“Where your creativity is concerned, whether performing, writing, or whatever, you drink from a common well. I saw what performing did to songwriting, “Newbury says of his own personal experiences.

Also he didn’t enjoy performing the same way he enjoyed writing. He has always loved words. “A song writes because he has to,” Newbury says. “There are some people who write for the money; and that’s okay. But if there wasn’t a penny in it, I’d still write.”

And, for Newbury, it isn’t so much thinking up songs to write as it is simply catching the thoughts and ideas that flow from his subconscious. Sometimes an entire song, requiring no polishing whatsoever, arrives complete. “Doggone My Soul How I Love Them Old Songs” came to him while he was driving. His wife Susan wrote the words down as he dictated them.

“Too many writers try to write about something, instead of just letting the songs come,” Newbury says.

“The most difficult part of creating is distracting the analytical part of the brain which tends to get in the way of the creative side. The spatial side wants to create, but it can’t. It’s just an editor. I’ve told friends who were having trouble writing to get in their car and drive 1000 miles and they’ll write. Then the analytical part of the brain, the part that usually edits what you say and think, is occupied with driving.”

“I think sleep deprivation is also a very good way to tap into the creative part of the brain. I know a lot of writers who thought pills – uppers – would help them write. Once they figured out that it was just going without sleep, they didn’t need the pills anymore.

“I work on batches of songs at one time,” Newbury continues. “I never throw anything away. I’ll go back and pick it up maybe years later and I might write a verse. When you write like I write, emotions don’t change. I’m still writing songs about romances I had in my 20s. I write real fast, but when it stops, no sense belaboring it. I kind of hear a finished song in my head. When I stumble over a lyric I know it’s not right and I put it down.”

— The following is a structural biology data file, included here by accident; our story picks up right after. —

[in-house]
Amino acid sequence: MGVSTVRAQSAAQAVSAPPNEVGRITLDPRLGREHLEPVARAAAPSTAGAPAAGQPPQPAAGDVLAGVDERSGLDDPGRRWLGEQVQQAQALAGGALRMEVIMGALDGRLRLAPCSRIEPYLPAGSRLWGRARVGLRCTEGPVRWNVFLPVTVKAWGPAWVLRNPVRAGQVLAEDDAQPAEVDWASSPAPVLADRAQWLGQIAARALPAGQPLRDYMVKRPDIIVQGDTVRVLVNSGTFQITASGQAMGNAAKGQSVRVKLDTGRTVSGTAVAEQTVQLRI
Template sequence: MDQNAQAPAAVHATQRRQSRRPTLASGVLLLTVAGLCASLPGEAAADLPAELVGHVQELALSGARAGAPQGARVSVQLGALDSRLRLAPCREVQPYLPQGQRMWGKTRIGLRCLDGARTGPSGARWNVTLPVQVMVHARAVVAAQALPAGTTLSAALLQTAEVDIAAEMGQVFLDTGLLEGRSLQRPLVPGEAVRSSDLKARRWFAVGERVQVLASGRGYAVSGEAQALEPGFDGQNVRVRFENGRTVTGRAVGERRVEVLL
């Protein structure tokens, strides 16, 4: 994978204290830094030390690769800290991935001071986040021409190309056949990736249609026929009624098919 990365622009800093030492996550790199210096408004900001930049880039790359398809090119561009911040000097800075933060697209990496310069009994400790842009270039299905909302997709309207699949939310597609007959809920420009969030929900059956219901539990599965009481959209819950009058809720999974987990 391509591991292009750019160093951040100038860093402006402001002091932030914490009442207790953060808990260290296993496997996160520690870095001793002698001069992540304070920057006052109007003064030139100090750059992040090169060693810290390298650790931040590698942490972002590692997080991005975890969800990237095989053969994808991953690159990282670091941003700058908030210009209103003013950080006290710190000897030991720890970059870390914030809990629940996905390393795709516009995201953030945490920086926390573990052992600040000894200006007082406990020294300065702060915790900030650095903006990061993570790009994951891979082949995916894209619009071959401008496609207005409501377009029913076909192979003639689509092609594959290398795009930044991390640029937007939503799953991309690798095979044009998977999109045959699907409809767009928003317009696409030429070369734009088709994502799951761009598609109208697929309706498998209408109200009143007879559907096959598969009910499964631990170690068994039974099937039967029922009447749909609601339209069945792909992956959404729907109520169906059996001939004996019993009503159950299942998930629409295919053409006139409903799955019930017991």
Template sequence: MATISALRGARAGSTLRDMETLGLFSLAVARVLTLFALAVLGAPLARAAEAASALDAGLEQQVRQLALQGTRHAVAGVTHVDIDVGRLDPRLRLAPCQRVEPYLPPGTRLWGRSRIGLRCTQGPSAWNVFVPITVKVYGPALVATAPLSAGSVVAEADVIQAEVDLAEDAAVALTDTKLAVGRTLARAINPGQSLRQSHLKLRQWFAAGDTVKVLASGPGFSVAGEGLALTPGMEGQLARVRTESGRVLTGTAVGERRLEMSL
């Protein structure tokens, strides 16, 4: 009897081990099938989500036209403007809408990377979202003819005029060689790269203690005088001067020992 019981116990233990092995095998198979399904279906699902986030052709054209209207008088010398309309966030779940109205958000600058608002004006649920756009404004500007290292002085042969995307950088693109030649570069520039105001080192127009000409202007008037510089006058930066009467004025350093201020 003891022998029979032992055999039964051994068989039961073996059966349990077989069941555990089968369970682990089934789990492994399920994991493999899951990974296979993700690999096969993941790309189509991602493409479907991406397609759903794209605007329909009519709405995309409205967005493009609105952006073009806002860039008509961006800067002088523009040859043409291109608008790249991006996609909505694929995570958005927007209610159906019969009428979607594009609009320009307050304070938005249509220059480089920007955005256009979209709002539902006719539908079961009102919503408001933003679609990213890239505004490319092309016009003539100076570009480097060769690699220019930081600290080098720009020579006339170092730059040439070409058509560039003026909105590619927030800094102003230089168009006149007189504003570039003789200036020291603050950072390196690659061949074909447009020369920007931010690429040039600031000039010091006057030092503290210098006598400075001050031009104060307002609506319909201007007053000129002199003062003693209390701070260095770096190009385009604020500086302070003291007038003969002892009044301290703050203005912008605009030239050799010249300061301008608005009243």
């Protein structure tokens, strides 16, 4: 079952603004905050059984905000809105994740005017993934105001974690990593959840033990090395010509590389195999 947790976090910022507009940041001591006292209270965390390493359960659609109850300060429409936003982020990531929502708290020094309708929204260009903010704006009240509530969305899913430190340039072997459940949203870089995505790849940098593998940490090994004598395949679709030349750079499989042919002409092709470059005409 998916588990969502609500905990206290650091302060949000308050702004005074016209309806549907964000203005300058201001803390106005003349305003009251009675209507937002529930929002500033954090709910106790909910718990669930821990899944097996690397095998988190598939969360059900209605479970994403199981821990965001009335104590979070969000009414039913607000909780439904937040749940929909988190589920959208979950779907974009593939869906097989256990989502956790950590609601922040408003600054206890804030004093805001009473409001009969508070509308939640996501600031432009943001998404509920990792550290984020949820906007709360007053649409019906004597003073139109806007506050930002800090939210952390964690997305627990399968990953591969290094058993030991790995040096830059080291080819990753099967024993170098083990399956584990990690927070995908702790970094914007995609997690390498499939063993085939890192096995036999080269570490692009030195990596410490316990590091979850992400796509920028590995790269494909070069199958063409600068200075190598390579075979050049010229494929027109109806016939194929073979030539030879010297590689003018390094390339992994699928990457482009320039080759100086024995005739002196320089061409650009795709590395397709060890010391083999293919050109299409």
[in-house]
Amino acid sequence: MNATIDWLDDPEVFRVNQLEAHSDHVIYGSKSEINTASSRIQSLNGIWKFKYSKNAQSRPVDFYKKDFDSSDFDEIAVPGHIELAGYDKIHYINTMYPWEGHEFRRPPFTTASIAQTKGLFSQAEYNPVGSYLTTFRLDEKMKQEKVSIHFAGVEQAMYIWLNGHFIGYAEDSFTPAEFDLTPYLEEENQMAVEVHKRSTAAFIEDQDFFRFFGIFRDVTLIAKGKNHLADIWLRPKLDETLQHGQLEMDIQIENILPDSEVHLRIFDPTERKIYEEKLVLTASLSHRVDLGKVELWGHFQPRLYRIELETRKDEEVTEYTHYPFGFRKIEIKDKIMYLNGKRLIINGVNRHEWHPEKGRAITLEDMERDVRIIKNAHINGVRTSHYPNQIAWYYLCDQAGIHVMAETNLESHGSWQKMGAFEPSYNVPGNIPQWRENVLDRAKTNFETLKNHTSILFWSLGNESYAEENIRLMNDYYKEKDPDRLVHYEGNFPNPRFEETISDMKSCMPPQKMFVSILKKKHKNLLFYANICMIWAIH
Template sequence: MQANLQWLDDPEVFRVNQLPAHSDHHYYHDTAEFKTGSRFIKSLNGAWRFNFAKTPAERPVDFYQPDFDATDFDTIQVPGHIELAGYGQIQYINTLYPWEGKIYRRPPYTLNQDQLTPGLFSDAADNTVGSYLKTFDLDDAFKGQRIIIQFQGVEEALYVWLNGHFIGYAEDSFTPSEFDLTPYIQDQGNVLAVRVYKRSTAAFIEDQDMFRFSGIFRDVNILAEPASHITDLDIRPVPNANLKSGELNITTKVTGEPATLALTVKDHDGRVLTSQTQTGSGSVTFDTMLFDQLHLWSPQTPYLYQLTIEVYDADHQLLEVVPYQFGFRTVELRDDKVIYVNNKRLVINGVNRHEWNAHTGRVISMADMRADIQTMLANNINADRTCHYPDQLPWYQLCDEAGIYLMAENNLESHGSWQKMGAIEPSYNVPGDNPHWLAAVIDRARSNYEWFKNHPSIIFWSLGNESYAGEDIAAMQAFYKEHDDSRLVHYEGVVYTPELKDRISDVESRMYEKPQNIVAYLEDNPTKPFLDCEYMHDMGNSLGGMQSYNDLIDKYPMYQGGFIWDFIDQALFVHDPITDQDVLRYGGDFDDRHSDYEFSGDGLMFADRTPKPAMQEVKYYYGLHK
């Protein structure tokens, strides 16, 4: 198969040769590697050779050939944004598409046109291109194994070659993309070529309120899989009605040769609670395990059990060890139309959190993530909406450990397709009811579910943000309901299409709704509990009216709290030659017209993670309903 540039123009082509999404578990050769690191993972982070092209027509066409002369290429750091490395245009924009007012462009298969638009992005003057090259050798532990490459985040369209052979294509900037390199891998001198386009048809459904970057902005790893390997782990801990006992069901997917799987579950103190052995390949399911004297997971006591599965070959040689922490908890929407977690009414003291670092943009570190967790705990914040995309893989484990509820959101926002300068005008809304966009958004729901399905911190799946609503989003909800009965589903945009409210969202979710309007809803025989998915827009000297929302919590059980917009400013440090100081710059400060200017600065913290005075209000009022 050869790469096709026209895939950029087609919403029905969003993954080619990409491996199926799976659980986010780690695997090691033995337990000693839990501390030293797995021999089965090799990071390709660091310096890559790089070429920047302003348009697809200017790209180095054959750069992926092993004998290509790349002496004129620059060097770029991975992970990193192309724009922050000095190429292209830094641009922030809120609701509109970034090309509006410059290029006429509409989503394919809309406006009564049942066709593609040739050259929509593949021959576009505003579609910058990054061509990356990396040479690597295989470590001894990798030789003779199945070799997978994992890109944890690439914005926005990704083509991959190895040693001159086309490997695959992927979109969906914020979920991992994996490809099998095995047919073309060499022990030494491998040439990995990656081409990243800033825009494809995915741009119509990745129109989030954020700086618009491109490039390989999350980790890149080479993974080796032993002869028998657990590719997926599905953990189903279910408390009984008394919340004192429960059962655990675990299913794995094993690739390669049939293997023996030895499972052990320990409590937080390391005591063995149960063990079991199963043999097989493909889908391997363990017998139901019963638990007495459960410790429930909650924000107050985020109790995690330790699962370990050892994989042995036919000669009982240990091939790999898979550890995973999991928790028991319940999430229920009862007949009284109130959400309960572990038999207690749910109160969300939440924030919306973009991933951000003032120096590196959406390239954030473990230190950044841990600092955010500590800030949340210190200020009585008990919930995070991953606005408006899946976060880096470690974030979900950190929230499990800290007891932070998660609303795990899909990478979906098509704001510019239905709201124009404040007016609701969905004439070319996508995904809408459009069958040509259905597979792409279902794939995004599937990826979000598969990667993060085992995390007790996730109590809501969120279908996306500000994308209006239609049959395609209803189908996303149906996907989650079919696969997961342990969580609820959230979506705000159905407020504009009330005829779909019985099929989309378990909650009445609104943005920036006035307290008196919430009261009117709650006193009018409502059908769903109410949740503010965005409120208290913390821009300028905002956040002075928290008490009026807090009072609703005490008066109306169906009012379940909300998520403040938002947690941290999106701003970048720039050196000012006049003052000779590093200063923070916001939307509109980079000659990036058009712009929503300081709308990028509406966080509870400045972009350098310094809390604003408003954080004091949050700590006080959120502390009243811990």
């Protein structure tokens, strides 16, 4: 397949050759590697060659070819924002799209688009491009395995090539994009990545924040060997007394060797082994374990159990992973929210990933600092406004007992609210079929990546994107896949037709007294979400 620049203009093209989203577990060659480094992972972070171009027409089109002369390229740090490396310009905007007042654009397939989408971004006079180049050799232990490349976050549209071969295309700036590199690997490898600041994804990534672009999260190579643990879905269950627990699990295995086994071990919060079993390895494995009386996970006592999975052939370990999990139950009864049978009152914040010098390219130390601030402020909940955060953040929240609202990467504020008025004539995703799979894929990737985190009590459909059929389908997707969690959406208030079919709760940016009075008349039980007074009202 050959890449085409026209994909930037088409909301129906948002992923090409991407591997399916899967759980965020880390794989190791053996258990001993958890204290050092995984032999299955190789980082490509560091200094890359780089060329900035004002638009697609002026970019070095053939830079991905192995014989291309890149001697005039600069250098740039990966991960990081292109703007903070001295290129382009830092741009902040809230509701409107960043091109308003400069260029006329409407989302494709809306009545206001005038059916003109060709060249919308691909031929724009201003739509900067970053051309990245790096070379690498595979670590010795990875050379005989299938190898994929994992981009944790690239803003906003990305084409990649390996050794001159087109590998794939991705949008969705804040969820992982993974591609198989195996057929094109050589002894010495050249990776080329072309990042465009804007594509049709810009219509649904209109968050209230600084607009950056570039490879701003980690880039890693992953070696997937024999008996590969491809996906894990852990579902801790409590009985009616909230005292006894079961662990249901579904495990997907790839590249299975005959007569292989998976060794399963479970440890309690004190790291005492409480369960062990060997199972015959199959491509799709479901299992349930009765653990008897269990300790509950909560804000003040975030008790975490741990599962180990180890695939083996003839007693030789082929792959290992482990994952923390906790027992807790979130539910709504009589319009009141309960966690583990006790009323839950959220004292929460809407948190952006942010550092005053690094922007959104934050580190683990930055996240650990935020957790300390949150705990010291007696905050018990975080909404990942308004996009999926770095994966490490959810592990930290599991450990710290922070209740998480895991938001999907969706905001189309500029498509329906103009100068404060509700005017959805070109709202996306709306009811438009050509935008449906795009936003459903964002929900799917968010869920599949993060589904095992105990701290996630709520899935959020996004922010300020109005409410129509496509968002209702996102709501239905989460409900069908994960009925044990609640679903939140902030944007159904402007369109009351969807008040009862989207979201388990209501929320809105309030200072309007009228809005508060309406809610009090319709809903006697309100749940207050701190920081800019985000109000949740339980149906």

In response to which came first melody or lyric, Newbury admits, “It all comes together; usually the melody comes first. There are many layers of melodies, but the melody is not as important as the lyrics.

“Basically I love words and melody is just a frame for the lyric. I might put several sets of lyrics to one melody.”

Also, he says he never feels like he should be writing when he isn’t. It doesn’t bother him if he goes a year without writing. He knows that, when the words are ready, they will come. “Right now I’m sitting here looking at 40 songs I’ve written in the last year; I just got through writing a song that’s 20 minutes long. I don’t know what to do with it,” he adds with a laugh.

Ask him about hook lines and he laughs again. Every line better be a hook line or it’s not a good song.”